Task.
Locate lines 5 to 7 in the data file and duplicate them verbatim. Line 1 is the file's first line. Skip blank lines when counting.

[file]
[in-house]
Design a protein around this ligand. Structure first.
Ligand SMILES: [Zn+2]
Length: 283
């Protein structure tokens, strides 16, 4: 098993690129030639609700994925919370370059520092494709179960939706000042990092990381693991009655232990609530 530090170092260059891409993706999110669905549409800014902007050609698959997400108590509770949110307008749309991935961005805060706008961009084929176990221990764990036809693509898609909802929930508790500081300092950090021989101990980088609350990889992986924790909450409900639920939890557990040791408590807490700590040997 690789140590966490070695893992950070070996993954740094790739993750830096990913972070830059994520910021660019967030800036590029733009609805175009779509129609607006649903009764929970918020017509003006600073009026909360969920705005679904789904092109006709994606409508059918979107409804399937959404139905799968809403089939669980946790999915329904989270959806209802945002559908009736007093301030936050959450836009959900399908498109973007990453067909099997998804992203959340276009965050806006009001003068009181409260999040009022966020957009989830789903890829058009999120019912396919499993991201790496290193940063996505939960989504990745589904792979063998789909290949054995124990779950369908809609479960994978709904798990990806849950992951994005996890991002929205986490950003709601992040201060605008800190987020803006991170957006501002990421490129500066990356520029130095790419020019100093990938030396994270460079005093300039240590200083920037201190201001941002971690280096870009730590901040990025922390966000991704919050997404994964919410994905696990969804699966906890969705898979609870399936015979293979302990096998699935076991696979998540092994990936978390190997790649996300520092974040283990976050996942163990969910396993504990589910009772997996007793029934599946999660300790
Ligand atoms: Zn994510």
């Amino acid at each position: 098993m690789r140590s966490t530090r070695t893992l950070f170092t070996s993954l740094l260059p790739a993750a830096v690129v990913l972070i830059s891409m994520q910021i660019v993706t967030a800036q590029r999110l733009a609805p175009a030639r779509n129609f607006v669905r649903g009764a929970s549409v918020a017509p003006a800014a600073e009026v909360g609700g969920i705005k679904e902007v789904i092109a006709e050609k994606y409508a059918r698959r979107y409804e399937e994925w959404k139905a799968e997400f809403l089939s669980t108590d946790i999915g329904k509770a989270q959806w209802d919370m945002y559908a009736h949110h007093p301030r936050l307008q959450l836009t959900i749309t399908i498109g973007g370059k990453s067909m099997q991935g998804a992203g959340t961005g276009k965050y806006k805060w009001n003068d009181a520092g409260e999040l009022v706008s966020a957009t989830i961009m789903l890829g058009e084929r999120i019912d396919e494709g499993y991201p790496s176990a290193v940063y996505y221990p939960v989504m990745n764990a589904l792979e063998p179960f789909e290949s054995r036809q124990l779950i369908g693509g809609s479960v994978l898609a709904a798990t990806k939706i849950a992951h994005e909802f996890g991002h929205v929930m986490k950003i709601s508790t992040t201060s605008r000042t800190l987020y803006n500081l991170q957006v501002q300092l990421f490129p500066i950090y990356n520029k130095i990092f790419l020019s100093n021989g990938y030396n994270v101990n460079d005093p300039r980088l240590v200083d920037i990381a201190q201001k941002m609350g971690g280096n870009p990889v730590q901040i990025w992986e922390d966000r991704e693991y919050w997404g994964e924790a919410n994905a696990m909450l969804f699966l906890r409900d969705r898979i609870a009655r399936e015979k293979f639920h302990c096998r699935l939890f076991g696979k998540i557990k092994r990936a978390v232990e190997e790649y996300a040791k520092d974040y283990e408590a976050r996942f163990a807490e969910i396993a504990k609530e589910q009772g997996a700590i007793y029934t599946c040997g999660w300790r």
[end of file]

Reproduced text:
């Protein structure tokens, strides 16, 4: 098993690129030639609700994925919370370059520092494709179960939706000042990092990381693991009655232990609530 530090170092260059891409993706999110669905549409800014902007050609698959997400108590509770949110307008749309991935961005805060706008961009084929176990221990764990036809693509898609909802929930508790500081300092950090021989101990980088609350990889992986924790909450409900639920939890557990040791408590807490700590040997 690789140590966490070695893992950070070996993954740094790739993750830096990913972070830059994520910021660019967030800036590029733009609805175009779509129609607006649903009764929970918020017509003006600073009026909360969920705005679904789904092109006709994606409508059918979107409804399937959404139905799968809403089939669980946790999915329904989270959806209802945002559908009736007093301030936050959450836009959900399908498109973007990453067909099997998804992203959340276009965050806006009001003068009181409260999040009022966020957009989830789903890829058009999120019912396919499993991201790496290193940063996505939960989504990745589904792979063998789909290949054995124990779950369908809609479960994978709904798990990806849950992951994005996890991002929205986490950003709601992040201060605008800190987020803006991170957006501002990421490129500066990356520029130095790419020019100093990938030396994270460079005093300039240590200083920037201190201001941002971690280096870009730590901040990025922390966000991704919050997404994964919410994905696990969804699966906890969705898979609870399936015979293979302990096998699935076991696979998540092994990936978390190997790649996300520092974040283990976050996942163990969910396993504990589910009772997996007793029934599946999660300790
Ligand atoms: Zn994510």
């Amino acid at each position: 098993m690789r140590s966490t530090r070695t893992l950070f170092t070996s993954l740094l260059p790739a993750a830096v690129v990913l972070i830059s891409m994520q910021i660019v993706t967030a800036q590029r999110l733009a609805p175009a030639r779509n129609f607006v669905r649903g009764a929970s549409v918020a017509p003006a800014a600073e009026v909360g609700g969920i705005k679904e902007v789904i092109a006709e050609k994606y409508a059918r698959r979107y409804e399937e994925w959404k139905a799968e997400f809403l089939s669980t108590d946790i999915g329904k509770a989270q959806w209802d919370m945002y559908a009736h949110h007093p301030r936050l307008q959450l836009t959900i749309t399908i498109g973007g370059k990453s067909m099997q991935g998804a992203g959340t961005g276009k965050y806006k805060w009001n003068d009181a520092g409260e999040l009022v706008s966020a957009t989830i961009m789903l890829g058009e084929r999120i019912d396919e494709g499993y991201p790496s176990a290193v940063y996505y221990p939960v989504m990745n764990a589904l792979e063998p179960f789909e290949s054995r036809q124990l779950i369908g693509g809609s479960v994978l898609a709904a798990t990806k939706i849950a992951h994005e909802f996890g991002h929205v929930m986490k950003i709601s508790t992040t201060s605008r000042t800190l987020y803006n500081l991170q957006v501002q300092l990421f490129p500066i950090y990356n520029k130095i990092f790419l020019s100093n021989g990938y030396n994270v101990n460079d005093p300039r980088l240590v200083d920037i990381a201190q201001k941002m609350g971690g280096n870009p990889v730590q901040i990025w992986e922390d966000r991704e693991y919050w997404g994964e924790a919410n994905a696990m909450l969804f699966l906890r409900d969705r898979i609870a009655r399936e015979k293979f639920h302990c096998r699935l939890f076991g696979k998540i557990k092994r990936a978390v232990e190997e790649y996300a040791k520092d974040y283990e408590a976050r996942f163990a807490e969910i396993a504990k609530e589910q009772g997996a700590i007793y029934t599946c040997g999660w300790r």